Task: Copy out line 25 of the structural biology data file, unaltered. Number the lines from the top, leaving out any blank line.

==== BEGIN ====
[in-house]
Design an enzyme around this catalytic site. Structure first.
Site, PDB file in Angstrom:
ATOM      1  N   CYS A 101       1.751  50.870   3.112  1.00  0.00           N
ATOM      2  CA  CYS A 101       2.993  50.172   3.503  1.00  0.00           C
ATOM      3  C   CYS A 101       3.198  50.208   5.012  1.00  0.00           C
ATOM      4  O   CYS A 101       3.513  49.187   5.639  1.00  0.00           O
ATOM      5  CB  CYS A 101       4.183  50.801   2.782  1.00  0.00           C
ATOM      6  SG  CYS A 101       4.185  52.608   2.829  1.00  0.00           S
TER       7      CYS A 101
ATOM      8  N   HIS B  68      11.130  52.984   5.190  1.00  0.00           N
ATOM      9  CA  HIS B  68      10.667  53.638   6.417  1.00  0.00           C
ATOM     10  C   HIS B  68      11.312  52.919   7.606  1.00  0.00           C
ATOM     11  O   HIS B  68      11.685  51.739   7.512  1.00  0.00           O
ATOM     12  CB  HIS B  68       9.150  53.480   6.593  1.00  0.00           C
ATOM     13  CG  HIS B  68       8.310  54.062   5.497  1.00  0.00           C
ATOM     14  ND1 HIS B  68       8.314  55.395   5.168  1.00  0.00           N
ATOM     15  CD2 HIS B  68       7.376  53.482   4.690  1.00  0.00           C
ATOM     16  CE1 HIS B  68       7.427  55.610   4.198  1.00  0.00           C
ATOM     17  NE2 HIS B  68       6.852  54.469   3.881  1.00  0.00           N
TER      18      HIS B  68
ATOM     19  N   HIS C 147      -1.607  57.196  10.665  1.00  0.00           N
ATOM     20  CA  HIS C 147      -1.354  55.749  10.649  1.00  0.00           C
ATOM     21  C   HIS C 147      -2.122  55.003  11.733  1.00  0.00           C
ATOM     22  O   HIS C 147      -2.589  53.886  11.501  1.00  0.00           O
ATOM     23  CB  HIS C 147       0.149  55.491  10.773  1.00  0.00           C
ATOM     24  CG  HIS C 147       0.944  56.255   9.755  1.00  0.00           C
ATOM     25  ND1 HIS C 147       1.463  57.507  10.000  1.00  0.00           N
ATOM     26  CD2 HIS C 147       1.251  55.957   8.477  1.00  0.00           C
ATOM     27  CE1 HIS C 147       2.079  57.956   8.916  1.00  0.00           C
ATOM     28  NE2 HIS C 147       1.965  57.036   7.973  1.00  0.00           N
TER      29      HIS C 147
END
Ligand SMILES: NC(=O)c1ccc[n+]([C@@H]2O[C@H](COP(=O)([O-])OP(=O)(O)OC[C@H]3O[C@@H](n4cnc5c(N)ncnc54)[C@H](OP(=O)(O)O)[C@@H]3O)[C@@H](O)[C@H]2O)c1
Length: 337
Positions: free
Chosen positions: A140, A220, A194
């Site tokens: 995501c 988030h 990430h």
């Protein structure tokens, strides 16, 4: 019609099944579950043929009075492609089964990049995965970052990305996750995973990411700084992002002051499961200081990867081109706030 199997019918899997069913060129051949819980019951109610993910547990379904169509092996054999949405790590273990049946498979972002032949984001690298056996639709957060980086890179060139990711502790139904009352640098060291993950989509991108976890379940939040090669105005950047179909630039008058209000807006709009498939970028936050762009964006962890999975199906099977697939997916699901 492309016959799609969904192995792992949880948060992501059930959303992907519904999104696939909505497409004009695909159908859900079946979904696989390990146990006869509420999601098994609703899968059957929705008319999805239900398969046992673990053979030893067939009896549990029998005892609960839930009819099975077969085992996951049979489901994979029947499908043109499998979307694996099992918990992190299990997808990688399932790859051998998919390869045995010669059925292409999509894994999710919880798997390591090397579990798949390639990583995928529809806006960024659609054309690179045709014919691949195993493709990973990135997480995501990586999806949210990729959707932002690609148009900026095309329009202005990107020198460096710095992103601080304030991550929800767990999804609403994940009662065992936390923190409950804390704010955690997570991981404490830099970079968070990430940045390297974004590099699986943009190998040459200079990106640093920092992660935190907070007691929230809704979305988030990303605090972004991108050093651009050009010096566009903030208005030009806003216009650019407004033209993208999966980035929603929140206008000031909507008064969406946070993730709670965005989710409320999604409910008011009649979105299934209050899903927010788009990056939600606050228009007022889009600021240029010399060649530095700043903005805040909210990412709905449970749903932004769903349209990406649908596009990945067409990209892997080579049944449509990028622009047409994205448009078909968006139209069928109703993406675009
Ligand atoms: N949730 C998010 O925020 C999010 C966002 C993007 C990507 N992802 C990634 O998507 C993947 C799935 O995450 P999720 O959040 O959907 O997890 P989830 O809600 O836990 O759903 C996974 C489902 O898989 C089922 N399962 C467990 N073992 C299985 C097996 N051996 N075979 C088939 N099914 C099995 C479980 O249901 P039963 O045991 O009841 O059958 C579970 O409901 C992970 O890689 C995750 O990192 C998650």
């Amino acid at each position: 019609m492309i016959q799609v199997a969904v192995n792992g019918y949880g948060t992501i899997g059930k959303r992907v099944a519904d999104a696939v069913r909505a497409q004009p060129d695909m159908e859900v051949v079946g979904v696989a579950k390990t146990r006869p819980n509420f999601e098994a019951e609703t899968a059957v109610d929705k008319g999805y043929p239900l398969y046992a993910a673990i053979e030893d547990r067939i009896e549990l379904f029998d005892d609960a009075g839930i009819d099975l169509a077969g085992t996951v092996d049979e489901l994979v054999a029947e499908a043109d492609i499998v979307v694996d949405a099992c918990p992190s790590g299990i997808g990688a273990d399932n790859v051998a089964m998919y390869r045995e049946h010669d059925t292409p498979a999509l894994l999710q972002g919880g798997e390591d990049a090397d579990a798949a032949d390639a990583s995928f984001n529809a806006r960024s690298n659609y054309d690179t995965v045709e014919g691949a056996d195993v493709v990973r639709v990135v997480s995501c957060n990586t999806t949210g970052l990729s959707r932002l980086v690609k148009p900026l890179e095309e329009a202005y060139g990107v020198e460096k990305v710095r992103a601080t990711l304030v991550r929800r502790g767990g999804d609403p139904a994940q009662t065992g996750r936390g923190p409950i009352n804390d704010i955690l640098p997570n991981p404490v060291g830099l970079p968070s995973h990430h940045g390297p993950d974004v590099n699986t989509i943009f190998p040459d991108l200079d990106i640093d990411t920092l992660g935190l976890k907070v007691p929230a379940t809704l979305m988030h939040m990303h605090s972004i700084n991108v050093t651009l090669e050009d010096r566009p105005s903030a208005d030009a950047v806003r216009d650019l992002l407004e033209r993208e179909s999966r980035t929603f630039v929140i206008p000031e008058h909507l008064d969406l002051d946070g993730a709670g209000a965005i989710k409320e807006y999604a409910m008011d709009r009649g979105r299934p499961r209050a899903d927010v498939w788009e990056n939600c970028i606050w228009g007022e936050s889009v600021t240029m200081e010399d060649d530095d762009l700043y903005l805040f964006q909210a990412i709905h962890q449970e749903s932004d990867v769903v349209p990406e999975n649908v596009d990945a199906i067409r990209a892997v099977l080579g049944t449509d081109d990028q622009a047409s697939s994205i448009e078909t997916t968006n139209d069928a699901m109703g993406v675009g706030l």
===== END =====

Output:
ATOM     22  O   HIS C 147      -2.589  53.886  11.501  1.00  0.00           O